Faye Kavvadias-Large

My journey to Outdoor Learning could be described as rewilding myself! Aged 8, my parents took the decision to up sticks from suburban London to the idyllic countryside of East Kent, where cows and sheep were our new neighbours and a castle, and its woodland was our new play park.

Having been raised on a diet of David Attenborough programmes, I took to our family’s new environment like a duck to water and was further encouraged by my nature-loving parents and community groups who cultivated an adventurous childhood outdoors. My love for the natural world very much took root and in my early teens I developed aspirations to become a Marine Biologist, however somewhere along the way it became clear that my skillset very much sat in Communications, rather than scientific study and so I embarked on a degree in Journalism and Broadcasting at Cardiff University.

The years that followed, saw most of my professional life spent indoors and so any opportunity to have that deeper connection with the natural world was seized on and somehow, I managed to sweet-talk my way into a career break to Africa. This once-in-a lifetime trip, saw me visit countless reserves and wildernesses and gave me the opportunity to mentor vulnerable young people, working with them on a variety of different literacy and development projects. These experiences provided valuable insight into youth work.

Over the next few years, I juggled big life changes including raising a family of my own. I was then to find myself on entirely new terrain, as we all were in 2020, with lockdown requiring me to home school my children, all while juggling the new model of working from home and with the time outside of own homes being reduced to a mere hour! As owners of a large garden to explore and play in, our family was extremely lucky, but I found myself craving wild spaces so much more. Equally, I deeply missed connecting with people in-person and consequently, decided on focusing on finding an employment opportunity that was more closely aligned to my personal passions: conservation, the protection of wildlife habitat and a love for the countryside.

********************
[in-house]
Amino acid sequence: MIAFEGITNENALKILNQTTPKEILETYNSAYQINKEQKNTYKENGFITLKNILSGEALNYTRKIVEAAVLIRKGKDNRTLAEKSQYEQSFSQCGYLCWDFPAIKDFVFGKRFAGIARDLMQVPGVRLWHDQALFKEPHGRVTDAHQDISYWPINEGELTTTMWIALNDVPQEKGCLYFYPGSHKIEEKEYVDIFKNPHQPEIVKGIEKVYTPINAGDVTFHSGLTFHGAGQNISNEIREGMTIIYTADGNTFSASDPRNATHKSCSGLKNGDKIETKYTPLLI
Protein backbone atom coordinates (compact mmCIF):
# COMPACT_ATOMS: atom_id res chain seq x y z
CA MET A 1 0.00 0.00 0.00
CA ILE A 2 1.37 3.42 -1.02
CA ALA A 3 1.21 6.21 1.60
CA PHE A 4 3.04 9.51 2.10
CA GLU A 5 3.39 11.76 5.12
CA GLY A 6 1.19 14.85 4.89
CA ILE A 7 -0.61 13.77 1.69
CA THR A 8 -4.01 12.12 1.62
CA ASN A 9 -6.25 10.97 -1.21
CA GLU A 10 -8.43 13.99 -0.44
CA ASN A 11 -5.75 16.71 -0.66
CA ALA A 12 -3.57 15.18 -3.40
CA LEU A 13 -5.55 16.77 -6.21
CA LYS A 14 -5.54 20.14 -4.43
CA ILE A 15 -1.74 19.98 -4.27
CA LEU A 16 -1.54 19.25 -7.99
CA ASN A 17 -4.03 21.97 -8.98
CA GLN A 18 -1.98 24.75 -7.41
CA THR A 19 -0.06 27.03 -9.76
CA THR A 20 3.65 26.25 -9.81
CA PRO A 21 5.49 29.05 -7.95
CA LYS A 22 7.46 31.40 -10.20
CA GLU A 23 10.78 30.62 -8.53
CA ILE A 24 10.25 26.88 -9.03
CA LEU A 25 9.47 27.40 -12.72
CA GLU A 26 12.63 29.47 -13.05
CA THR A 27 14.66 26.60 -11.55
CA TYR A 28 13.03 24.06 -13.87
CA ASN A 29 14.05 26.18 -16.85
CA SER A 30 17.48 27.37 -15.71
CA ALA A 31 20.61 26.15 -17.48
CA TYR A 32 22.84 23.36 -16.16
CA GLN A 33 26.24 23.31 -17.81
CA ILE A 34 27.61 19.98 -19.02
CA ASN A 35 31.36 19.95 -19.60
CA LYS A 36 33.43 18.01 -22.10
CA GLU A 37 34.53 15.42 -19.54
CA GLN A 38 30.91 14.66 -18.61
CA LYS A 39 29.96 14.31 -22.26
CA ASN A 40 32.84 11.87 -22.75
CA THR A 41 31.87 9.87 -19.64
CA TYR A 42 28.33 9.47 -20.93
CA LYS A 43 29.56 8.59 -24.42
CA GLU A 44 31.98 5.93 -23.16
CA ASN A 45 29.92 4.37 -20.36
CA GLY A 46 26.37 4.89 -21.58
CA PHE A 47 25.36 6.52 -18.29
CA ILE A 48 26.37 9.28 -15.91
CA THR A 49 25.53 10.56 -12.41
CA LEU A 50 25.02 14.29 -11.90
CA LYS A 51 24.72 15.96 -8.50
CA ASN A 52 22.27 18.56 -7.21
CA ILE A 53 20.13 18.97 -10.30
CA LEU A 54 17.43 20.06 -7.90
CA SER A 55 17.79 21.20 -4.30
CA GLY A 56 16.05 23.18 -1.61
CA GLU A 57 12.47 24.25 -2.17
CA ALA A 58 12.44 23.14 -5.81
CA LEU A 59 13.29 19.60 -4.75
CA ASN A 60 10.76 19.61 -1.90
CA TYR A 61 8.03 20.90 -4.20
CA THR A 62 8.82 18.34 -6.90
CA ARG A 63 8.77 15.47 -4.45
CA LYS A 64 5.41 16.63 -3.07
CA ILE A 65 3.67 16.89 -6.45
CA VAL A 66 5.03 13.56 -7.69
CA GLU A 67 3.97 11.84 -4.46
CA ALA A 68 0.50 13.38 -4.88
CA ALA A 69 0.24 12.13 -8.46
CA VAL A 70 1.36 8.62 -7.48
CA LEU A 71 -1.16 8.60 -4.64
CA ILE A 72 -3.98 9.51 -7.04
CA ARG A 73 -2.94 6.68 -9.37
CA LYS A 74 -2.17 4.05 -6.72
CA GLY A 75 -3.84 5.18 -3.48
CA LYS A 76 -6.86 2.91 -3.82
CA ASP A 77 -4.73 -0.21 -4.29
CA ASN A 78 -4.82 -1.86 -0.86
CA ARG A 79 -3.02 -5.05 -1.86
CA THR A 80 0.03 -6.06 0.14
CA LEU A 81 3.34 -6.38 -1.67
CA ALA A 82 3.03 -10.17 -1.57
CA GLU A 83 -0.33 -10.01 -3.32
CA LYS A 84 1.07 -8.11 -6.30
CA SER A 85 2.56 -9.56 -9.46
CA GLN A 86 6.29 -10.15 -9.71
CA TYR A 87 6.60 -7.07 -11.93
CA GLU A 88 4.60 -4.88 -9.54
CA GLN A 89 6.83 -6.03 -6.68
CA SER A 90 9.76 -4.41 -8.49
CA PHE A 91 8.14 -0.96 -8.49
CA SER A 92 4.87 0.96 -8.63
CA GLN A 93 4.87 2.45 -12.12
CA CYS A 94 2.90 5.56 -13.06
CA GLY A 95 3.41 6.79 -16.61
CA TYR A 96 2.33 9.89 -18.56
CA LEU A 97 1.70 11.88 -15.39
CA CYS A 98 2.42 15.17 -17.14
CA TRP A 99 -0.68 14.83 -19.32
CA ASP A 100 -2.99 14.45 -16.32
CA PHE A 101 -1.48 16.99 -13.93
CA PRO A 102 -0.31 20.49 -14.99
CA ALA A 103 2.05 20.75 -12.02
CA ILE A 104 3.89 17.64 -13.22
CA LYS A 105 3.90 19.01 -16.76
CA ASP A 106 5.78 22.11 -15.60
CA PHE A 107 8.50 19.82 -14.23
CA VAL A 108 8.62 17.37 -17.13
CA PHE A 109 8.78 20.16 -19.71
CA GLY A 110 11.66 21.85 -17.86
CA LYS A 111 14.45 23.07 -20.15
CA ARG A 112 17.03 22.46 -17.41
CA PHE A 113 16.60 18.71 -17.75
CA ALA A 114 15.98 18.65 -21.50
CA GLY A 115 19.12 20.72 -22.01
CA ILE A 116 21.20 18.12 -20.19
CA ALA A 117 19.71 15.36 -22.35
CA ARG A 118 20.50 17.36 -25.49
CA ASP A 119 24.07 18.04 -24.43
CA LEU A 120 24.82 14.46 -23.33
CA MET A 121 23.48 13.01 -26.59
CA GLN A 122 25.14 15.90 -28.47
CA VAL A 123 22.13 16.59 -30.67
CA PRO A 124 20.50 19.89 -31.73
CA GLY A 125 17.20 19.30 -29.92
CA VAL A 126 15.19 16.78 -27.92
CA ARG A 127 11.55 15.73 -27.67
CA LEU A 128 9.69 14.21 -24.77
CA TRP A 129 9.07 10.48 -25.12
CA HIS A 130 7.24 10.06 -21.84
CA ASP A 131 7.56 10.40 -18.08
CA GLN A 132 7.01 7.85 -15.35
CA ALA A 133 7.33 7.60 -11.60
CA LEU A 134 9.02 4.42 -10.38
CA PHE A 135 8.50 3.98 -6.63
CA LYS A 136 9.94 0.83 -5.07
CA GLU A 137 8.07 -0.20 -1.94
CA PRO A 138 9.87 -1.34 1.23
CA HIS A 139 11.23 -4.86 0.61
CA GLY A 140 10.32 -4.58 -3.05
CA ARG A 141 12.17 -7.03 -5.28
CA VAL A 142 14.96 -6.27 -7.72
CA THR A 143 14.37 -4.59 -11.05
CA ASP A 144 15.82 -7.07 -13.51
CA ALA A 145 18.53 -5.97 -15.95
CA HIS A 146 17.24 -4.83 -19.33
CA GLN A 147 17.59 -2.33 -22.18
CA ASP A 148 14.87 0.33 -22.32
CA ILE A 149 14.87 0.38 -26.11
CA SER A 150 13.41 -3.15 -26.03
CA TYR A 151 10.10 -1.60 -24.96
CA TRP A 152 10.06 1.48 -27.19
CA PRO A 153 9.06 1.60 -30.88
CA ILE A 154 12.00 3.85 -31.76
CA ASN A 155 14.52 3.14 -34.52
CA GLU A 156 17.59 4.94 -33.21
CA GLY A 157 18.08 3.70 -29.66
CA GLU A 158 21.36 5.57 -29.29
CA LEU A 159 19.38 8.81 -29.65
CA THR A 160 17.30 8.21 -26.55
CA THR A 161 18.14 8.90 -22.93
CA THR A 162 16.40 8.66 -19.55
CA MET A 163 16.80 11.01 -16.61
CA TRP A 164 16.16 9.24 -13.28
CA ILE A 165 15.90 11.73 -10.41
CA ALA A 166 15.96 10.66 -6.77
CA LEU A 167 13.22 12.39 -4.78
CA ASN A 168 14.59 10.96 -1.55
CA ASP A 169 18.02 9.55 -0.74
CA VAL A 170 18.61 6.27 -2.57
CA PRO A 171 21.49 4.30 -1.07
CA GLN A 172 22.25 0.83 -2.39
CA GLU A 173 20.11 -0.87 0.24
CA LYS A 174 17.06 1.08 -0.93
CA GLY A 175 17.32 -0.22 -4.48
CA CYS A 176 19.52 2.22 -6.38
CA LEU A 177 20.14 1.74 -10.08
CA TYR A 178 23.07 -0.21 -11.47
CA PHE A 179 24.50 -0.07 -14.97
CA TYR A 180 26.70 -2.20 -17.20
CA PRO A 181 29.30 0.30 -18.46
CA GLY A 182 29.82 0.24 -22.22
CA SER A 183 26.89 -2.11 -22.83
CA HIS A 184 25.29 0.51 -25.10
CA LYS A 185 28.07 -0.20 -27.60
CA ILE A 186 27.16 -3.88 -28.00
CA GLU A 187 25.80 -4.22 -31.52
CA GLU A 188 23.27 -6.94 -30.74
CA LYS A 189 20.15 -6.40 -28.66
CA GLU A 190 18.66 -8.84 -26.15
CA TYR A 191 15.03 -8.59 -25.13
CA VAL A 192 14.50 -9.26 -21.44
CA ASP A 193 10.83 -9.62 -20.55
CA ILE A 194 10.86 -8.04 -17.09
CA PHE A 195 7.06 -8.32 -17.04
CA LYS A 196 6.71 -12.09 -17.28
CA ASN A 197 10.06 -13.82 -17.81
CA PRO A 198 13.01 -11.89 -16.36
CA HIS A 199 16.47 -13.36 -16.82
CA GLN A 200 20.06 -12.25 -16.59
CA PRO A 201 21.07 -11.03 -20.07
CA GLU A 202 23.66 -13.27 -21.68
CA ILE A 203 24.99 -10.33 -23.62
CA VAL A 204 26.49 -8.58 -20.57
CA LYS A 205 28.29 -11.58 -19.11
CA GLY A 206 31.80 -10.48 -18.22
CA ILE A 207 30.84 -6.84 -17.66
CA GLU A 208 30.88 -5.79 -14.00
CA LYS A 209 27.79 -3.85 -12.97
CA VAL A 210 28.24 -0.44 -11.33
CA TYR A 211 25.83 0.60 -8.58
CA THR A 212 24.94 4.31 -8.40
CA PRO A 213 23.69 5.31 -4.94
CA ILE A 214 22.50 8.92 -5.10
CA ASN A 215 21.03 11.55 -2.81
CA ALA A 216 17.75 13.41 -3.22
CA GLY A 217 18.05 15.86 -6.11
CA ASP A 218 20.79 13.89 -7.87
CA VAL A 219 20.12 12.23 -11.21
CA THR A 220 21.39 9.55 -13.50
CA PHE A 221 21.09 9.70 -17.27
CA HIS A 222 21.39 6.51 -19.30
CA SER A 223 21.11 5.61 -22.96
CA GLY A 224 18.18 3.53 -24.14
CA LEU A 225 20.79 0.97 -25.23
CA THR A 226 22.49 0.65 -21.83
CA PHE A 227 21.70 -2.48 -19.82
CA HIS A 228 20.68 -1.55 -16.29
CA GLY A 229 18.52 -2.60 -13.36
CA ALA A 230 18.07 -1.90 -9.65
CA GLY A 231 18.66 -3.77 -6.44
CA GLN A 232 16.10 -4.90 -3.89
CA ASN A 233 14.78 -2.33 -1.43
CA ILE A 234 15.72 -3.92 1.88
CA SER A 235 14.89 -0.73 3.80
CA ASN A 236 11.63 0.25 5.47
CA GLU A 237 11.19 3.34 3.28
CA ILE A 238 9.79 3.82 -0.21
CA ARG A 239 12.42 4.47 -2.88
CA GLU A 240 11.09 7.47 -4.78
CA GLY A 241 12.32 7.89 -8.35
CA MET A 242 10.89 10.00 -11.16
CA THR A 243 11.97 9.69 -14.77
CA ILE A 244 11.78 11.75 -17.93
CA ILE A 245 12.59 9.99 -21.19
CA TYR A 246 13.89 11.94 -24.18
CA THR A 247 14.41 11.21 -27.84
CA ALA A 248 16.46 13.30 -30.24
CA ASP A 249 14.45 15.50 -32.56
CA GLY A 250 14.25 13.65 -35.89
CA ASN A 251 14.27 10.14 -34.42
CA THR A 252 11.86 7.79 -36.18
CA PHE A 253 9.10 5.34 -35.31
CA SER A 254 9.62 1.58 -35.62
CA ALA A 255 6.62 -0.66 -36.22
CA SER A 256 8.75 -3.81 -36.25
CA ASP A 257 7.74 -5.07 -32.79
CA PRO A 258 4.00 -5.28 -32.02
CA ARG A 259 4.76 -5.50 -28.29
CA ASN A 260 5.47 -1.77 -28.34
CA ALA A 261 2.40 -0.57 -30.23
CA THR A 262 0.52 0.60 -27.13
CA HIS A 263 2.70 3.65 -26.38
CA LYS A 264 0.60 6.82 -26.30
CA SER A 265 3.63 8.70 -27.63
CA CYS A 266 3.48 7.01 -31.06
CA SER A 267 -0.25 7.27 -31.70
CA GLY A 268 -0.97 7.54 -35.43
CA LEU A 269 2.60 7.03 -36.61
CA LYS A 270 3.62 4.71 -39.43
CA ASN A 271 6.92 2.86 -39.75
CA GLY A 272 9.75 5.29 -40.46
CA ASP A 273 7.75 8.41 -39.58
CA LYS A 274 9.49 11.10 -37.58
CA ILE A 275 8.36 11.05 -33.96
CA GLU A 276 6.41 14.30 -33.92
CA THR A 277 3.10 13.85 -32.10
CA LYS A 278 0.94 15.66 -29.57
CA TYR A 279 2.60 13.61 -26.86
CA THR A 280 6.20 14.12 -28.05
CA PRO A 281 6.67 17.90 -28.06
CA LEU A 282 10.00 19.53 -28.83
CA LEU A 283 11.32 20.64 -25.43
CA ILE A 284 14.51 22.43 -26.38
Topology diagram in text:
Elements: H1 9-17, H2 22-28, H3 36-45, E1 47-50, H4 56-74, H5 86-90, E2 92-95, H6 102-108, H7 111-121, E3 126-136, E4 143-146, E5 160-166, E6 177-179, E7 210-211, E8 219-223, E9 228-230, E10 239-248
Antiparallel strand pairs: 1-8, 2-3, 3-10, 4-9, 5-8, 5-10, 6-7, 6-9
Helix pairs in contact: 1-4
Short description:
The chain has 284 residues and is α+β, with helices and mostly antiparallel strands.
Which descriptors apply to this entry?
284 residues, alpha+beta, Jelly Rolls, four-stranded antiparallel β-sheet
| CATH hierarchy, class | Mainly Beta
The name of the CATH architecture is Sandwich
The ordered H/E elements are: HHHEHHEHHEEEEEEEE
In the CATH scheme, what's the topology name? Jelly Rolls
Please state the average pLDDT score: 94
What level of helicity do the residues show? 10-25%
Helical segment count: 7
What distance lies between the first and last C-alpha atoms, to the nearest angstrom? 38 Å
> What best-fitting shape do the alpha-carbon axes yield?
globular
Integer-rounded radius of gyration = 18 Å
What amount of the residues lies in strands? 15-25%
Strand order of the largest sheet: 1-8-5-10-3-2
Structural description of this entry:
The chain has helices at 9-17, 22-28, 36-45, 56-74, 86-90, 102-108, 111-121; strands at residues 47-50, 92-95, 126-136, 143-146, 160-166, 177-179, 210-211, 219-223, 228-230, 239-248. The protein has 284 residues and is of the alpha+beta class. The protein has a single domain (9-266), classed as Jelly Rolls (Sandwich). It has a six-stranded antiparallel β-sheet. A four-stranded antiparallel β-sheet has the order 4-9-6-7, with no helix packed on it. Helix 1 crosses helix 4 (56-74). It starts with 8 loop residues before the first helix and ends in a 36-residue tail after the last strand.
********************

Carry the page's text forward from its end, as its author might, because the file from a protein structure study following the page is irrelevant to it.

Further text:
I volunteered at Brockhill Country Park and was mentored by Kent Country Park’s Education Team, assisting with their weekly Forest School Sessions. It was easy to see that inspiring children and their families to interact with the outdoors via several creative activities brings many positive aspects to personal development. And the younger we are immersed and build a connection the sooner we come to understand the magic of nature.

As a consequence of that placement, I was able to secure paid-for-employment, leading both Forest School sessions, a wide programme of family-fun activities, primary school and community groups. Engaging people in nature-based fun and inspiring them to get out among it was extremely rewarding and inspiring because of the freedom to be creative, inventive and the potential for spontaneity. We live in a digital age where traditional methods of youth engagement can be disenchanting and unsuccessful, particularly when it comes to conservation.

I am so excited to be working at Sandwich Bay Bird Observatory and aim to drive education programme for children, young people and families that is fun, encouraging and that can foster self-discovery, all while raising awareness of the work that is going on at the Observatory.

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